Rent Shop Volunteer Join

Q. Who is Mr. Smarty Plants?

A: There are those who suspect Wildflower Center volunteers are the culpable and capable culprits. Yet, others think staff members play some, albeit small, role. You can torture us with your plant questions, but we will never reveal the Green Guru's secret identity.

Help us grow by giving to the Plant Database Fund or by becoming a member

Did you know you can access the Native Plant Information Network with your web-enabled smartphone?

Share

Ask Mr. Smarty Plants

Ask Mr. Smarty Plants is a free service provided by the staff and volunteers at the Lady Bird Johnson Wildflower Center.

Search Smarty Plants
See a list of all Smarty Plants questions

Please forgive us, but Mr. Smarty Plants has been overwhelmed by a flood of mail and must take a break for awhile to catch up. We hope to be accepting new questions again soon. Thank you!

Need help with plant identification, visit the plant identification page.

 
rate this answer
1 rating

Wednesday - January 23, 2013

From: Santa Fe, NM
Region: Southwest
Topic: Non-Natives, Edible Plants, Trees
Title: Sweet cherry tree for New Mexico
Answered by: Nan Hampton

QUESTION:

What is the best kind of sweet cherry tree to plant in Santa Fe, NM? I have apple, apricot, peach and pear. Would like cherry unless it is a bad idea.

ANSWER:

The only cherries native to New Mexico are Prunus emarginata (Bitter cherry), Prunus serotina (Black cherry) and Prunus virginiana (Chokecherry) and, although, they are food for wildlife and are used for making jelly and wine, they are NOT really sweet enough to eat as fruit.  What you are looking for is one of the cultivars of Prunus avium (Sweet cherry), a native of Europe, Asia and the Middle East.  Our focus and expertise are with plants native to North America so we really aren't in a position to advise you. Your best bet for help is the New Mexico State University Extension Service.  You can find contact information near home on the Santa Fe County Extension Office site.  The Santa Fe Master Gardener Program might also  have some suggestions for you.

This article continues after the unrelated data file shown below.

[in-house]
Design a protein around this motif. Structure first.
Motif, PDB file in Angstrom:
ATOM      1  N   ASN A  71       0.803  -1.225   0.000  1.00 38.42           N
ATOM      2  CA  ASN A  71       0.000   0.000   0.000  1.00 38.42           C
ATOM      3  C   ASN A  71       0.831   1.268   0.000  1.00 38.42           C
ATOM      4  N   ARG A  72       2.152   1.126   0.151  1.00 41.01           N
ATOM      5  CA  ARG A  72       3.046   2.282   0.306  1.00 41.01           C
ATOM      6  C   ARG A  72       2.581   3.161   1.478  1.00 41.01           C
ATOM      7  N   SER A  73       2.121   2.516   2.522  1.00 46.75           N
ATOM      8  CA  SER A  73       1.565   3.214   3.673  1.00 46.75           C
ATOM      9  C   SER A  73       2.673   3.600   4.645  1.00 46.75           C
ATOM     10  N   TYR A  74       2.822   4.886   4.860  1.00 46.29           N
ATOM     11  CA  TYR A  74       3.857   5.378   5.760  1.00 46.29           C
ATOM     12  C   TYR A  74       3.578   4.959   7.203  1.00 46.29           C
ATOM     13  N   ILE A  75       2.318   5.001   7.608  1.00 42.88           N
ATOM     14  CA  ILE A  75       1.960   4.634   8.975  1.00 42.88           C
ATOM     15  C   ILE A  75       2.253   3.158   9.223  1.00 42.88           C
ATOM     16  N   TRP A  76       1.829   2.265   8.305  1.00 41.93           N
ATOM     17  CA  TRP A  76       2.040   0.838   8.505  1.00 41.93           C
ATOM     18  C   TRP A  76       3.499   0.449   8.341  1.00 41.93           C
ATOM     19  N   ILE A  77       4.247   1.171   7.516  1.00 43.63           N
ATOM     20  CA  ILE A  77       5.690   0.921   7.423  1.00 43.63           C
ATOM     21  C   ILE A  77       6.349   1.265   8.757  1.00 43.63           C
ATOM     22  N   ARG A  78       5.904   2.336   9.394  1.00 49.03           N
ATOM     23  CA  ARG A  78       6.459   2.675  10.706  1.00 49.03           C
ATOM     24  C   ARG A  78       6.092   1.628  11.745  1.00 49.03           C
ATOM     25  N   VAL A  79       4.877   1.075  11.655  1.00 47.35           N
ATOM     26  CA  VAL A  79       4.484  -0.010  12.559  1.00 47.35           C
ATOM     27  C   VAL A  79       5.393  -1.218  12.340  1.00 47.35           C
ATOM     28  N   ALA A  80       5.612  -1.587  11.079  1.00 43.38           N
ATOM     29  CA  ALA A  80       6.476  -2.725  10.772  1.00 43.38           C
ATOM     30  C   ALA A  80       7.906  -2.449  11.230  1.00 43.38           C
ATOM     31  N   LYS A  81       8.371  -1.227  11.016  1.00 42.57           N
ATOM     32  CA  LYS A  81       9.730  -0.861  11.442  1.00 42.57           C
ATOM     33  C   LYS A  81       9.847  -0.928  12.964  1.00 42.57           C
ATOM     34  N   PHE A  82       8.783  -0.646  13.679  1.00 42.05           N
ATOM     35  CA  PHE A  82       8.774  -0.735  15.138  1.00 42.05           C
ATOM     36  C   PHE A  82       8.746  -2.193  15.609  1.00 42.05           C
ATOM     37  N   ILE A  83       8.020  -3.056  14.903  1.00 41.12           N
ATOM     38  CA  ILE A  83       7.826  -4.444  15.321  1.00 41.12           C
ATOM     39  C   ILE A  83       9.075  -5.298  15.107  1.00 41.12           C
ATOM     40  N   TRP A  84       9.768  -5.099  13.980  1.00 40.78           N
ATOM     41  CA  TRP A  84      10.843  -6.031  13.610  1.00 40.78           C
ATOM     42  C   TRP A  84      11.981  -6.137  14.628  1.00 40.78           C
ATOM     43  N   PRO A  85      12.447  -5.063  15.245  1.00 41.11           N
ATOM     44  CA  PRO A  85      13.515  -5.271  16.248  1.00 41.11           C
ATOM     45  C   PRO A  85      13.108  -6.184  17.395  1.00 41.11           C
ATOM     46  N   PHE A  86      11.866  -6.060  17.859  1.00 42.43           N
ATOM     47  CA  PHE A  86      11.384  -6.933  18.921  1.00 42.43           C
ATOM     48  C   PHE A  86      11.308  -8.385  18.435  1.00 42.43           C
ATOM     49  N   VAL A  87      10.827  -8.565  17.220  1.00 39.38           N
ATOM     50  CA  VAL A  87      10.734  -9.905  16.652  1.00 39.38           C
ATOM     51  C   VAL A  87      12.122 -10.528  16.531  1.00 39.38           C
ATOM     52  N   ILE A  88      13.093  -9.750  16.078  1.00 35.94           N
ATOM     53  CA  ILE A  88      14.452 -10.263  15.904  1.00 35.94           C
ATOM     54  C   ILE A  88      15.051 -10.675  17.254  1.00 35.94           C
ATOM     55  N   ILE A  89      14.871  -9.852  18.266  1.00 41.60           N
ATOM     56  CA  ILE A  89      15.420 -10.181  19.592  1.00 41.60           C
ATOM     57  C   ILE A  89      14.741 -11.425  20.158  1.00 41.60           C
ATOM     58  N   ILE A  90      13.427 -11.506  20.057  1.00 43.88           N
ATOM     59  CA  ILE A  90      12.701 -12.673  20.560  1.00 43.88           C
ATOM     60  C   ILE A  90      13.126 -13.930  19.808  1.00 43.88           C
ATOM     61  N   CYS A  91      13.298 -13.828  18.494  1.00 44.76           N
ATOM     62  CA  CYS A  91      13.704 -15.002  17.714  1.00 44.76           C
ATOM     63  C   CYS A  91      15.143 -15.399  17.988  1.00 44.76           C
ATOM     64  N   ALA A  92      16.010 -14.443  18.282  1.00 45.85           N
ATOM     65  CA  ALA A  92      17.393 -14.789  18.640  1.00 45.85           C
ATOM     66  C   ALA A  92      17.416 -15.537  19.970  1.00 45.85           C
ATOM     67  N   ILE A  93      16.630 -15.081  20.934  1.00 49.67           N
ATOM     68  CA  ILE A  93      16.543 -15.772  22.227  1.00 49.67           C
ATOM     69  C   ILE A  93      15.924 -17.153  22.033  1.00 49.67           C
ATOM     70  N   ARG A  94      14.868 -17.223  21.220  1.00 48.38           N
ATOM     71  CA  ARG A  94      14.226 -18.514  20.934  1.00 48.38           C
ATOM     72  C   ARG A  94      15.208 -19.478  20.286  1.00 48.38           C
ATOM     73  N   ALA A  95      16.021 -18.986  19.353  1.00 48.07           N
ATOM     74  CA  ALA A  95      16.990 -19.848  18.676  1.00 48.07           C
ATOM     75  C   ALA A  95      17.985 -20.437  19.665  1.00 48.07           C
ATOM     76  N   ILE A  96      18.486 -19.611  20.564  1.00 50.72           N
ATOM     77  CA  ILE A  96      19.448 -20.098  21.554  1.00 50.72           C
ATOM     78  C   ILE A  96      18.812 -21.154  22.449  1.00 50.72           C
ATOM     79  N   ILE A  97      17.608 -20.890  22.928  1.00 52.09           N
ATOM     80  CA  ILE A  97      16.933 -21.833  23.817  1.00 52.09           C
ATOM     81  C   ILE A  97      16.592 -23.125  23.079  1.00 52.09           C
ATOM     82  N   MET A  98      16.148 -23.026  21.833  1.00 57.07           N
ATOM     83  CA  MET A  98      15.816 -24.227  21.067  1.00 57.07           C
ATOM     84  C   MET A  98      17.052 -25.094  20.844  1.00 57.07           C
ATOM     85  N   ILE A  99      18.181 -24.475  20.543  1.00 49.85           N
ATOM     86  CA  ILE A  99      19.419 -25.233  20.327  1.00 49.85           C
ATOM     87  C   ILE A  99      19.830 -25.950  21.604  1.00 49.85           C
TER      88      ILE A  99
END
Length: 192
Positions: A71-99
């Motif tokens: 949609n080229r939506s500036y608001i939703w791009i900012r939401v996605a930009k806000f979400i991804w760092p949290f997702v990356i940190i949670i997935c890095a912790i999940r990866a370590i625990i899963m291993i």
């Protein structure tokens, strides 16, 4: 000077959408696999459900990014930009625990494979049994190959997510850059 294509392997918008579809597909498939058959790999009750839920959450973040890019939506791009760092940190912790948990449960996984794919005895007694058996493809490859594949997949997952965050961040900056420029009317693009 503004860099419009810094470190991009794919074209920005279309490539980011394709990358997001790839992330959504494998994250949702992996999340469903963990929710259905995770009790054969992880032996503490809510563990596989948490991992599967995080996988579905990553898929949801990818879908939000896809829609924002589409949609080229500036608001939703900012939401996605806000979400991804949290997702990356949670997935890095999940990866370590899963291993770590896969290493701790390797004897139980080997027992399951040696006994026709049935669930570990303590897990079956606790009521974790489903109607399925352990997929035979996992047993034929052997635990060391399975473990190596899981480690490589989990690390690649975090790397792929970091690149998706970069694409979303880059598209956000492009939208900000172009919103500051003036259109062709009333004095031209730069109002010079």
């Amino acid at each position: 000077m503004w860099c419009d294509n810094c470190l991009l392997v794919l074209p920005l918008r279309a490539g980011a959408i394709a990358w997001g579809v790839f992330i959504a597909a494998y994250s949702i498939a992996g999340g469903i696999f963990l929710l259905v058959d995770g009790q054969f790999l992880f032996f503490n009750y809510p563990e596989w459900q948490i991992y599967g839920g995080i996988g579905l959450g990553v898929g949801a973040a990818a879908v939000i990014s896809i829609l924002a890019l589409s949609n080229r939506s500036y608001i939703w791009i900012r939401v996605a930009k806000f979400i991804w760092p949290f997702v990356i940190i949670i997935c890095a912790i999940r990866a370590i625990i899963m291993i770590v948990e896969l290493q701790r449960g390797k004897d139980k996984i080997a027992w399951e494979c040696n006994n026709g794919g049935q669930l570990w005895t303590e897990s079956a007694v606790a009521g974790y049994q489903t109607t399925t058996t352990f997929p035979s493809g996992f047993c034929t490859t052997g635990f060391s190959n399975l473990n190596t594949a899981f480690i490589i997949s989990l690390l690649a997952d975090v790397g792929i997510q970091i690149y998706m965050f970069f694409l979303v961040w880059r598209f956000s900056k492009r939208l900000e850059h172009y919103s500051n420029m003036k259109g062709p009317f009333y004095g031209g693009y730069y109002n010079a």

More Non-Natives Questions

Caring for non-native African violet
September 05, 2006 - How do you care for the African violet?
view the full question and answer

Yellowing of non-native eggplant in Temple TX
October 28, 2009 - I planted egg plants in my raised bed garden for the first time this season. The plants are healthy and have produced a number of beautiful small white fruit with purple accent (spots). However, the f...
view the full question and answer

Non-native Moth Mullein as a garden plant from Starksville MS
July 09, 2011 - I collected seeds from a beautiful Moth Mullein growing in a lot which will soon be bulldozed. Would I regret sowing them in the back of a sunny perennial bed this fall. These are from the white-pin...
view the full question and answer

Plants for under non-native fruitless mullberry trees from Ft. Worth TX
June 28, 2012 - I live in Tarrant county, where summer droughts are the norm. I have a 150x50 foot swathe of mature "fruitless mulberry" trees, which create a very shady atmosphere. The soil is clay dominated, ro...
view the full question and answer

Non-native Merremia tuberosa
August 07, 2006 - Respected Sir, I have been trying to find the scientific name and a sapling of a plant which had "flowers that look like rose flowers but are brown in color and have a paper like...
view the full question and answer

Support the Wildflower Center by Donating Online or Becoming a Member today.